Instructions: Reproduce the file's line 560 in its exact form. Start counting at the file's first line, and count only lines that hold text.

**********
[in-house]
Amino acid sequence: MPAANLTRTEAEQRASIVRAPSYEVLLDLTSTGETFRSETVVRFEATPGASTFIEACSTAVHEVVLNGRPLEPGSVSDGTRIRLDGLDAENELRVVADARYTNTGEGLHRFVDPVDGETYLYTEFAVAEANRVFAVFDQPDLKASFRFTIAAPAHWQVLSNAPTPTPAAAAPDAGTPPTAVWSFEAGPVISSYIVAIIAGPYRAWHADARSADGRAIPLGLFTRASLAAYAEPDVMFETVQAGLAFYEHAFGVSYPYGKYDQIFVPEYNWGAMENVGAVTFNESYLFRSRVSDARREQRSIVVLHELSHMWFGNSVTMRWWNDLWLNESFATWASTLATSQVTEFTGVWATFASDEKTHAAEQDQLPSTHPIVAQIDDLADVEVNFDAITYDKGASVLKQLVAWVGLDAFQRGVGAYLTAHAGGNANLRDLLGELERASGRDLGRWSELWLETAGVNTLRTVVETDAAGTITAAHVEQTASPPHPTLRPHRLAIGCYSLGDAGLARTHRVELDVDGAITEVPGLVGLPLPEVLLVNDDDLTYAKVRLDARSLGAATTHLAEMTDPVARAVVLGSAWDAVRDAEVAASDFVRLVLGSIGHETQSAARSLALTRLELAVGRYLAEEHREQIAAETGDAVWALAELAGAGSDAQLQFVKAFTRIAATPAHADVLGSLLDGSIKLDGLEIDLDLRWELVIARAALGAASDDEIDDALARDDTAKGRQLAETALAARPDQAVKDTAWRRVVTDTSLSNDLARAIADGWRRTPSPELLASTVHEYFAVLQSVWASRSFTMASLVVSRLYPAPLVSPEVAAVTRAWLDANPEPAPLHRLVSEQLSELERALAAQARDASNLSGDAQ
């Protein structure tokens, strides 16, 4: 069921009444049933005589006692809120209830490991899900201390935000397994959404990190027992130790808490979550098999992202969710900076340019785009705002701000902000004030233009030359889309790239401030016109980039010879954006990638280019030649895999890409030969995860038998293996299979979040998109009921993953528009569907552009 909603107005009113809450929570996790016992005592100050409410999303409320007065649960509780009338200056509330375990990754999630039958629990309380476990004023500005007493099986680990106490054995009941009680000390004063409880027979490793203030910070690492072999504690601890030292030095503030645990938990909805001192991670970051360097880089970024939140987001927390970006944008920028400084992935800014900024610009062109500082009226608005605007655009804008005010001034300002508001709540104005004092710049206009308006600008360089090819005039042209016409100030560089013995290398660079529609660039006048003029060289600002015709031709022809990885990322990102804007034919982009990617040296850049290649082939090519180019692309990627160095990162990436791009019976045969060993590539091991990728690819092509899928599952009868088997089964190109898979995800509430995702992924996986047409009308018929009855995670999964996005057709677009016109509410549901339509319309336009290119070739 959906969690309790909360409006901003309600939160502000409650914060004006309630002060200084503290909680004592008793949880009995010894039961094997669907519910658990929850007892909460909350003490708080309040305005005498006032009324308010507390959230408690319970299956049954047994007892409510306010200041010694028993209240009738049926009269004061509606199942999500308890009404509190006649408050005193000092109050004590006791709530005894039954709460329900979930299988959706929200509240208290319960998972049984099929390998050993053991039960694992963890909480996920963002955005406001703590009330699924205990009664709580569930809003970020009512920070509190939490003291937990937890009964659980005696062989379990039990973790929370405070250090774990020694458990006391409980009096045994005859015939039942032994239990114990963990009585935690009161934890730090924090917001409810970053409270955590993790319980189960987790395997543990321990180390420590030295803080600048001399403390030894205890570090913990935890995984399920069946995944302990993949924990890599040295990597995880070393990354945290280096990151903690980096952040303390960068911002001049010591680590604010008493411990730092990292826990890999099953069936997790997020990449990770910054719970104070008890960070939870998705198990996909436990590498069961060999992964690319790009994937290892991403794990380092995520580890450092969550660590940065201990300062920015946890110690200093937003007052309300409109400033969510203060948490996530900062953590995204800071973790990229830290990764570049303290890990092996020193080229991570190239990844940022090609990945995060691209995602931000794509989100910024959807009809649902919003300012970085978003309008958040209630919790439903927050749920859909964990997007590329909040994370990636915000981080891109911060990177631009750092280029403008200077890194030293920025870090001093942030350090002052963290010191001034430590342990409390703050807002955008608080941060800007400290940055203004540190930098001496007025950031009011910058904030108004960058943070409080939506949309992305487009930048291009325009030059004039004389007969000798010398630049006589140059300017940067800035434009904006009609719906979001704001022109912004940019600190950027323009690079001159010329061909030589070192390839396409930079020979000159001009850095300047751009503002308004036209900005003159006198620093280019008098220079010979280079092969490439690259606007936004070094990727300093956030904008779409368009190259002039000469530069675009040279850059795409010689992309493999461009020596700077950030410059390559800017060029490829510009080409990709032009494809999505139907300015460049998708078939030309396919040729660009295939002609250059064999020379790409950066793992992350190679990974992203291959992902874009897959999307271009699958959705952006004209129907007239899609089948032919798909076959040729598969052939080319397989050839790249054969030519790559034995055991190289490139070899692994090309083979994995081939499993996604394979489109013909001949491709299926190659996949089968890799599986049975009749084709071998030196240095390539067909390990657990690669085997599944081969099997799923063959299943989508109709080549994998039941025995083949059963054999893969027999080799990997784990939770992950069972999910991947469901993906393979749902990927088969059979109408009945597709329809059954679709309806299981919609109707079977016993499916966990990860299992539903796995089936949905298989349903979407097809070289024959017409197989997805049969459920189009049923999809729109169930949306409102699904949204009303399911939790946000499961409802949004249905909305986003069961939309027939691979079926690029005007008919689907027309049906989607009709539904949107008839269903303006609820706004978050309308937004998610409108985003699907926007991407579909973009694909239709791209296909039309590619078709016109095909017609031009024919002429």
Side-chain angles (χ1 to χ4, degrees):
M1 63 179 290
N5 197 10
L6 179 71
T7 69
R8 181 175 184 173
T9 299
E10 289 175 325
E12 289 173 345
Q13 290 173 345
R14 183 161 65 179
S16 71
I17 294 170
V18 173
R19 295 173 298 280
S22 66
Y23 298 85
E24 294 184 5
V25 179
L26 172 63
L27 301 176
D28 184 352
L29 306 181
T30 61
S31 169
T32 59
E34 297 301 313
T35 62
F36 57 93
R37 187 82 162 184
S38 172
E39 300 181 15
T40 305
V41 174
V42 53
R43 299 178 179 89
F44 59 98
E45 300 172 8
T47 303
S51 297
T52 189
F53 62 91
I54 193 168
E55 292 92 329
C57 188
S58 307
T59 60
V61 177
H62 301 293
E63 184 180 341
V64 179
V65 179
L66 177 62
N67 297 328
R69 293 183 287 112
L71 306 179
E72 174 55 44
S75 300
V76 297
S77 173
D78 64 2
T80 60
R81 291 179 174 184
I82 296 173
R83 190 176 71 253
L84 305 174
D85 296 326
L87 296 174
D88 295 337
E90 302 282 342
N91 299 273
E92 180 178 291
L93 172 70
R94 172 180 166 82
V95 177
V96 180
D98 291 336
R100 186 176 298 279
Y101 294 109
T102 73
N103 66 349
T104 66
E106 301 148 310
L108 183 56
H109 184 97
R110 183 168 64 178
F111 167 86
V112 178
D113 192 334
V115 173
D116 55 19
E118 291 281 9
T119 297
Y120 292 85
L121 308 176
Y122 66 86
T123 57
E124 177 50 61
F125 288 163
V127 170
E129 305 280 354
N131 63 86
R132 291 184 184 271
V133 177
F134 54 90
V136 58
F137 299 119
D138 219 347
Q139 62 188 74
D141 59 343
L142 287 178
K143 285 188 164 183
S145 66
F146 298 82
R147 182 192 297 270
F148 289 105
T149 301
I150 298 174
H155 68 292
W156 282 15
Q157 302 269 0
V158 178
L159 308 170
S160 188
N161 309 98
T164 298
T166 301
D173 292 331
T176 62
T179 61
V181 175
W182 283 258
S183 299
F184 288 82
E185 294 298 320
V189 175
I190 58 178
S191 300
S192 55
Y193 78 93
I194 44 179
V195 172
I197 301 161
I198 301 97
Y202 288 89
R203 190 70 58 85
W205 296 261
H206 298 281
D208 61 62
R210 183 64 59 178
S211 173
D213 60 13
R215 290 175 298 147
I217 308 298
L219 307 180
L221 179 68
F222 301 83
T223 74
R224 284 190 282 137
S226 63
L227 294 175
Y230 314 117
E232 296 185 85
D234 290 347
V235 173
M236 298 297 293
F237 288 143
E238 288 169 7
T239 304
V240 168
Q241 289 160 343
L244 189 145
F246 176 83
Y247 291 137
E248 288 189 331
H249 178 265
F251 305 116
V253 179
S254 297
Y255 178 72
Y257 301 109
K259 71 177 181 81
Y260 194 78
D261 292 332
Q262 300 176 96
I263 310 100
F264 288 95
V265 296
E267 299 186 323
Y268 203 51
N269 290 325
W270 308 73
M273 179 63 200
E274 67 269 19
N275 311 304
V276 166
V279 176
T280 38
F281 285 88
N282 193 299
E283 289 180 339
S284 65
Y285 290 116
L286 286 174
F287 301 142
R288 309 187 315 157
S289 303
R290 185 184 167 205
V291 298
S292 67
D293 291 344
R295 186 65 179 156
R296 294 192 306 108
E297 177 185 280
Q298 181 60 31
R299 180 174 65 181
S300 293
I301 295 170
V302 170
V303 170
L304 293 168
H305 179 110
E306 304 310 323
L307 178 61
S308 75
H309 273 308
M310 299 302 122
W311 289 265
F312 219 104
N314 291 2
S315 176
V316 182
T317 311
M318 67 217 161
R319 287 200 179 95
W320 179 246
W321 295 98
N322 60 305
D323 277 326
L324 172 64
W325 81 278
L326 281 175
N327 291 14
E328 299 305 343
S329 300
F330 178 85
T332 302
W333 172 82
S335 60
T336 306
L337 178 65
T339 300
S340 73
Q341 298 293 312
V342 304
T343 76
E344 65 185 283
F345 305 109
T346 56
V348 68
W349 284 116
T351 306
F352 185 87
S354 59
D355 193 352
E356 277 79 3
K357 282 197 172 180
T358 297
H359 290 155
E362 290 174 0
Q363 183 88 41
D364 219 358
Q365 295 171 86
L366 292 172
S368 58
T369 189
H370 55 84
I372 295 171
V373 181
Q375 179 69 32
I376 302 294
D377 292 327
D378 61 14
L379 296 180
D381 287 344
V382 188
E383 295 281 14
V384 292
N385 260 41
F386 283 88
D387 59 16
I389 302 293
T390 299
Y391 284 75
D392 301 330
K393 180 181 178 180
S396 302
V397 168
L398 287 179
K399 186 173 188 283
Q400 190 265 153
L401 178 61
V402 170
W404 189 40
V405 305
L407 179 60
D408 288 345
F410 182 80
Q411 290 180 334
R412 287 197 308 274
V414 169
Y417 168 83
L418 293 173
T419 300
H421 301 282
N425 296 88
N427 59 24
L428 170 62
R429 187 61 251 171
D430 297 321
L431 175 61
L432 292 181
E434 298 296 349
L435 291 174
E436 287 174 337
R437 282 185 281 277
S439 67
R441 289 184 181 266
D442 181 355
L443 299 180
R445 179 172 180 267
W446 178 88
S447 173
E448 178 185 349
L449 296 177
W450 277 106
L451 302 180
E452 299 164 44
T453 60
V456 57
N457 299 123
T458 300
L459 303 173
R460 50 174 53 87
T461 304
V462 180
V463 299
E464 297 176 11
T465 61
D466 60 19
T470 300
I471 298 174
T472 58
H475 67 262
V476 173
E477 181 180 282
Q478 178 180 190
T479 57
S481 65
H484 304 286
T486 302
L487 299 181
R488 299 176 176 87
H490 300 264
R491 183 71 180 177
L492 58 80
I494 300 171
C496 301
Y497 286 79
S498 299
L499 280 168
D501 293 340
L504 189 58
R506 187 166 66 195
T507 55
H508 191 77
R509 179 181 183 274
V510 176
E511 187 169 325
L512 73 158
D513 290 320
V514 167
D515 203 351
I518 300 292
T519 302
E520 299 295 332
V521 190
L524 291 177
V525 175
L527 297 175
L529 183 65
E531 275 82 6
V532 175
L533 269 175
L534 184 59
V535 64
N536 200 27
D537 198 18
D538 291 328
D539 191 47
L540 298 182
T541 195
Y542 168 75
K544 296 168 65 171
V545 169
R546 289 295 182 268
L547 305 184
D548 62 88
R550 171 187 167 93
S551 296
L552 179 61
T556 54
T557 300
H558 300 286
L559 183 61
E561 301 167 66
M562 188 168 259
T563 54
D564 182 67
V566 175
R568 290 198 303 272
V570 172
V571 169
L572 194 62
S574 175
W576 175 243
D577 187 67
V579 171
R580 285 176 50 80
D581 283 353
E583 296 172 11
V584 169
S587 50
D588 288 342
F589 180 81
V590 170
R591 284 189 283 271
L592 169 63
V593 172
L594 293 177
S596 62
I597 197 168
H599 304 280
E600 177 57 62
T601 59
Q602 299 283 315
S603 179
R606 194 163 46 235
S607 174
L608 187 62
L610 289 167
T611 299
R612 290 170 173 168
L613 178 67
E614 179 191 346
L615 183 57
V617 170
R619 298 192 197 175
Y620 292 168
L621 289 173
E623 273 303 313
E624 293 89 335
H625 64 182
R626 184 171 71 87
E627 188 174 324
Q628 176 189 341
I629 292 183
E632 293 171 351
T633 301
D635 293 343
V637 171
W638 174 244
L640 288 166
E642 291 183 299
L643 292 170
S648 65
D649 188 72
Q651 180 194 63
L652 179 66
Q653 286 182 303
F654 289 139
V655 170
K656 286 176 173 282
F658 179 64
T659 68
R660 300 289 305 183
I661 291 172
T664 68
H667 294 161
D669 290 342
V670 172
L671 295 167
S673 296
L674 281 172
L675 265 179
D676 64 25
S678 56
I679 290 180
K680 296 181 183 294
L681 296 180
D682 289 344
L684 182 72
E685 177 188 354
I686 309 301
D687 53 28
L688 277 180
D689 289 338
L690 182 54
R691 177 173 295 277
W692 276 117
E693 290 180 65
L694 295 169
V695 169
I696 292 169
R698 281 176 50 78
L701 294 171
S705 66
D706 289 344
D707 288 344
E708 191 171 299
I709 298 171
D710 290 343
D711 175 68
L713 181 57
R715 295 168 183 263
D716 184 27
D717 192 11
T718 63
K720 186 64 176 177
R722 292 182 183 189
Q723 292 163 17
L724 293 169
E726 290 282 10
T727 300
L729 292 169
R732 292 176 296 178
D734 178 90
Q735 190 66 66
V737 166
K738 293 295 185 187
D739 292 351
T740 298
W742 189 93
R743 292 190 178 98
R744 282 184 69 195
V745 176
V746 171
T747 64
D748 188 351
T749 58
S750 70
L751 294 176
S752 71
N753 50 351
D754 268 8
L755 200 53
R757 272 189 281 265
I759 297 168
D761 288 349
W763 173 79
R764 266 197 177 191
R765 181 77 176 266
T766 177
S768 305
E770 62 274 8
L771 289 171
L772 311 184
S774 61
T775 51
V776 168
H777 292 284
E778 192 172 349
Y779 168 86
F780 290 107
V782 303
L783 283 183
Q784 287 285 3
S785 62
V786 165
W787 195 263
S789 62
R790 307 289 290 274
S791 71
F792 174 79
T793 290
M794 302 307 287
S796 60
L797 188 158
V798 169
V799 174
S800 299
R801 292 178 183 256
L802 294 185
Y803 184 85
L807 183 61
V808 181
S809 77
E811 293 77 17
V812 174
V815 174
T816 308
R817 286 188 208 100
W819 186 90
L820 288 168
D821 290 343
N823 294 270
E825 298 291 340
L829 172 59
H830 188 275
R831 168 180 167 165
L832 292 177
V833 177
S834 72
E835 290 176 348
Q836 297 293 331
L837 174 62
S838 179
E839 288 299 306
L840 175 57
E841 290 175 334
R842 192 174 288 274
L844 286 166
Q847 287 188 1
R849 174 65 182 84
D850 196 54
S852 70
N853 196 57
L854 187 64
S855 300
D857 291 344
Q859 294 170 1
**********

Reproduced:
R757 272 189 281 265